Tags: Law Enforcement | criminal justice | reform | senate | conseratives

Conservative Senators Push Changes to Criminal Justice Bill

arkansas senator tom cotton gestures with his right hand while making remarks into a mic at a podium
Sen. Tom Cotton, R-Ark. (Chip Somodevilla/Getty Images)

By    |   Tuesday, 18 December 2018 08:05 PM

Conservatives are pushing last-minute changes to a White House-backed, bipartisan criminal justice reform bill that supporters claim would effectively scuttle the legislation, The Hill reported.

The Senate is expected to take a final vote Tuesday night — and supporters were hoping to work in some non-controversial amendments from GOP senators, The Hill reported.

"During the period of time where people were reading it for 24 hours, we found two or three things we wanted to change," Sen. Dick Durbin, D-Ill., told The Hill. "We do have some provisions that I think are acceptable all around that we would like to add to the bill either by UC [unanimous consent] or manager's amendment."

The Senate's criminal justice bill takes a House-passed prison reform measure and folds in a handful of alterations to sentencing laws and mandatory minimums for some drug-related felonies.

President Donald Trump gave his support to the bill last month, and Senate Majority Leader Mitch McConnell, R-Ky., agreed to give the legislation a floor vote after intense lobbying from the White House, advocates, and members of his own caucus, The Hill noted.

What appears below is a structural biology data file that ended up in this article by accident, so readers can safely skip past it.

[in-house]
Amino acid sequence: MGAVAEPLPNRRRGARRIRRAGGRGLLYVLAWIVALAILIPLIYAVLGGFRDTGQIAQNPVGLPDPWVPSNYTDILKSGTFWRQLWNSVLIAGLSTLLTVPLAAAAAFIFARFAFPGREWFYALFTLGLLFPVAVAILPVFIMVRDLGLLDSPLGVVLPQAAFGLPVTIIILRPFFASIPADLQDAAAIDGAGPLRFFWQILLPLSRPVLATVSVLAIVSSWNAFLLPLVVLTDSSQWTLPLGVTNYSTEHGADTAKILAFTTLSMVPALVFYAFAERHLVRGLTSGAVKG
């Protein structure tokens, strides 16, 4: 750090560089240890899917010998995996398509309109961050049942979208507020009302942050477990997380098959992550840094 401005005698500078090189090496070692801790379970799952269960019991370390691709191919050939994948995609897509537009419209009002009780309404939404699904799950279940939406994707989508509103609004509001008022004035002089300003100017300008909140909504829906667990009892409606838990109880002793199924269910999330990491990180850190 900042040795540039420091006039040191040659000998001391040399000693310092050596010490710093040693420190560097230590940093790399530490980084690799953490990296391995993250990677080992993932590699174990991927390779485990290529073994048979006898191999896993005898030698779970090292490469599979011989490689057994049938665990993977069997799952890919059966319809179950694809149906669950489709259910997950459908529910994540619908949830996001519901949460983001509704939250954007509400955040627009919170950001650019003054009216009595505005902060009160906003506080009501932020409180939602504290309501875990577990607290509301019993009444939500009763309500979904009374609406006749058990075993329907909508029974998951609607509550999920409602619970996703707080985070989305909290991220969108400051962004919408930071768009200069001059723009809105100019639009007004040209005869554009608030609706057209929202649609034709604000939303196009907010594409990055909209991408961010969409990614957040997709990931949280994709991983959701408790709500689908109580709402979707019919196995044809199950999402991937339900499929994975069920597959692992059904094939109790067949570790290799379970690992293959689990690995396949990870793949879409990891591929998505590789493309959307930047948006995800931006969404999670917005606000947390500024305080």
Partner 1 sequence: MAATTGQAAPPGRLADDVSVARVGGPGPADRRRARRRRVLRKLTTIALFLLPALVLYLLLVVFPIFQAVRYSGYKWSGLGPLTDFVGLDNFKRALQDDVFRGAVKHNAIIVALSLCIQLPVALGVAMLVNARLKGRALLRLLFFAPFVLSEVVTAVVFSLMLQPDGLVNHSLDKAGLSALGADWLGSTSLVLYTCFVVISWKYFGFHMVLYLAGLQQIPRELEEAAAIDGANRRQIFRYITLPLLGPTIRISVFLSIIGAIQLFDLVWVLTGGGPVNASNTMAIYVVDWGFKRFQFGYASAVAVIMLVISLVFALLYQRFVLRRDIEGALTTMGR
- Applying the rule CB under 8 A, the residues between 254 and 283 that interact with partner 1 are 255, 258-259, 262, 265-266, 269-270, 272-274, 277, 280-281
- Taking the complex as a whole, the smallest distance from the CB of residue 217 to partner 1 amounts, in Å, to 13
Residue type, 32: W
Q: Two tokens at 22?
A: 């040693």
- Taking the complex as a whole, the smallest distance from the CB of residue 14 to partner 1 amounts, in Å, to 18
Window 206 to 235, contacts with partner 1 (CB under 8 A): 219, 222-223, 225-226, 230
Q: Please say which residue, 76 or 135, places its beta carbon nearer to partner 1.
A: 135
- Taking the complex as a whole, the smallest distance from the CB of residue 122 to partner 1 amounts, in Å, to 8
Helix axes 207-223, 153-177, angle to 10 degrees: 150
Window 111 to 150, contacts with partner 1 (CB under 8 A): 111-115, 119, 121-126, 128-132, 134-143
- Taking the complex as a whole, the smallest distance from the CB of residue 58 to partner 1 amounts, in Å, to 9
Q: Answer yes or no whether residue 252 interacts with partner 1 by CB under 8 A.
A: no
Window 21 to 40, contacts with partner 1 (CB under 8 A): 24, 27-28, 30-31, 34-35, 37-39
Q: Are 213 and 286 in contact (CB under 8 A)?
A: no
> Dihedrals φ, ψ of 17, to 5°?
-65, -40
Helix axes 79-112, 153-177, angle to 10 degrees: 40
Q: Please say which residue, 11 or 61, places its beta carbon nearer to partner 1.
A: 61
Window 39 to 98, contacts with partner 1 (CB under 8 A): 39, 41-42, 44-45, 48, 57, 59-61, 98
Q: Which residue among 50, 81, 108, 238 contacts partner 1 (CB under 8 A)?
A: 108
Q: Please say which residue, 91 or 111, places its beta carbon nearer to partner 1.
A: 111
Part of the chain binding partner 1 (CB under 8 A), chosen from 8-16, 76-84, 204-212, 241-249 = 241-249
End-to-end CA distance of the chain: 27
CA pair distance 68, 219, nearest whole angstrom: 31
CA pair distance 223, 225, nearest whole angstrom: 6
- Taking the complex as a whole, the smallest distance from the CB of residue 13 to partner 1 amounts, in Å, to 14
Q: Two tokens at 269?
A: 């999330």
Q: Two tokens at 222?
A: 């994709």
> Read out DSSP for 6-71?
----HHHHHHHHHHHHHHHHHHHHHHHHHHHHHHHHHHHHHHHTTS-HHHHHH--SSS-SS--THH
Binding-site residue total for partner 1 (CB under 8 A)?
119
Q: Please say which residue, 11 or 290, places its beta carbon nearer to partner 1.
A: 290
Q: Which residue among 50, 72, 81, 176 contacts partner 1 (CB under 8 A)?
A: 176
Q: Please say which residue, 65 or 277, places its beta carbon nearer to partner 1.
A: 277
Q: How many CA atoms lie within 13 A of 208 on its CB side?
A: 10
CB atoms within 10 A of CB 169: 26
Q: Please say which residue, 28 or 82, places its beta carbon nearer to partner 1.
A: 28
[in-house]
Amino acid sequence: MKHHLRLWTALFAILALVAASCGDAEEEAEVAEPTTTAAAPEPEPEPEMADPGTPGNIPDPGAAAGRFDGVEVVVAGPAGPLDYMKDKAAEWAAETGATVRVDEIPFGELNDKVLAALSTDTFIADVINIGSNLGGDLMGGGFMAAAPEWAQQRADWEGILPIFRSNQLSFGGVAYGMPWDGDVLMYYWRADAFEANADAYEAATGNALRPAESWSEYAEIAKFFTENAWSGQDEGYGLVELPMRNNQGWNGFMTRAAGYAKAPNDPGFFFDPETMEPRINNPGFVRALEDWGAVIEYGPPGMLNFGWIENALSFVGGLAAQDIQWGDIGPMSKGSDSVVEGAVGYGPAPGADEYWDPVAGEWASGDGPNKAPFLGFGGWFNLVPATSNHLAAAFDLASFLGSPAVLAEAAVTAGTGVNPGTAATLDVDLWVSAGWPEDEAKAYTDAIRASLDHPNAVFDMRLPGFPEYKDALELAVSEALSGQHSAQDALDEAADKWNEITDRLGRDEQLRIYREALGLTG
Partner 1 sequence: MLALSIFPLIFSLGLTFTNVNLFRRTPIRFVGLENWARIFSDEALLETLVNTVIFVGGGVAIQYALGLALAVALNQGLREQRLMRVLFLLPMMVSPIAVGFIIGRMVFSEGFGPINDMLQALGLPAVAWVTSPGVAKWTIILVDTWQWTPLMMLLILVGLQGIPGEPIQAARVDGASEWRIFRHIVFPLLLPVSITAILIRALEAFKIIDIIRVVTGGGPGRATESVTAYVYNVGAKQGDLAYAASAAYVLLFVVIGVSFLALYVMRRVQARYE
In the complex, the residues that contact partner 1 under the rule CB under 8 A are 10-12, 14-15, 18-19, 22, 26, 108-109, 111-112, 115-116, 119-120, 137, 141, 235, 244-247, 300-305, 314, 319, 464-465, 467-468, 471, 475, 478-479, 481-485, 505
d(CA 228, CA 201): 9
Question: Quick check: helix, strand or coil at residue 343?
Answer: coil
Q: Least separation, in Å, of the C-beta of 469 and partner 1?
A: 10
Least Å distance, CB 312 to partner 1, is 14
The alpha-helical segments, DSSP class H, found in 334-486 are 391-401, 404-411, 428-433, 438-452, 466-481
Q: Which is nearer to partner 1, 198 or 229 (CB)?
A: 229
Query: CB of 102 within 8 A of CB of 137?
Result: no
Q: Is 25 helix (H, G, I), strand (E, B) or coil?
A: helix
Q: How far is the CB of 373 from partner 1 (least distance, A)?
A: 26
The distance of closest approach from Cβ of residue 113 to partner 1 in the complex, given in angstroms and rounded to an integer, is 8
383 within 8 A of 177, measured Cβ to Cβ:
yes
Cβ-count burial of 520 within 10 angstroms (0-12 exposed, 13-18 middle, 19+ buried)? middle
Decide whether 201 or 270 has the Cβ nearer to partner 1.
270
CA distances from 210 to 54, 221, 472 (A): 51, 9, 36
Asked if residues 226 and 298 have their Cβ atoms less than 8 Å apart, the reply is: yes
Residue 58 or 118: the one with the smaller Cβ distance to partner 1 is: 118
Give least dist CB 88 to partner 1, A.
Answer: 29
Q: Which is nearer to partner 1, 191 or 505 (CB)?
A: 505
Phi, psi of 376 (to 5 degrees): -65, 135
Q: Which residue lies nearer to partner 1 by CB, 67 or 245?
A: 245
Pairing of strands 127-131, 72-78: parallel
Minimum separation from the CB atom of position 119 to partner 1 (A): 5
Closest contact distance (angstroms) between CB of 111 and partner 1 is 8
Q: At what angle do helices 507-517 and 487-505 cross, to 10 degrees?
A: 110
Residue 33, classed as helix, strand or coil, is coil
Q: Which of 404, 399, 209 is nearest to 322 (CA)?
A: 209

"With respect to the substance of the legislation, a number of members continue to have outstanding concerns that the bill currently leaves unaddressed," McConnell said from the Senate floor, The Hill reported. "Members will have the opportunity to debate and vote on the pending germane amendments before we vote on final passage."

Included among those concerns are law enforcement groups have reservations that should be heard, The Hill reported.

But the biggest remaining hurdle is how to navigate around votes on three amendments from conservative Sens. Tom Cotton, R-Ark., and John Kennedy, R-La., who both oppose the bill.

The Cotton-Kennedy amendments would include requiring victims or families of victims be notified when a criminal is released. Another change would make publicly available rearrest data for those released, as well as information on prior offenses and the crimes for which they were imprisoned.

The would also add approximately 10 offenses to a list that excludes someone from being eligible for the bill's earned-time credits designed to shorten sentences.

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Last-minute changes to a White House-backed, bipartisan criminal justice reform bill are being sought by Conservatives and bill supporters claim they would effectively scuttle the legislation, according to The Hill.
criminal justice, reform, senate, conseratives
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2018-05-18
Tuesday, 18 December 2018 08:05 PM
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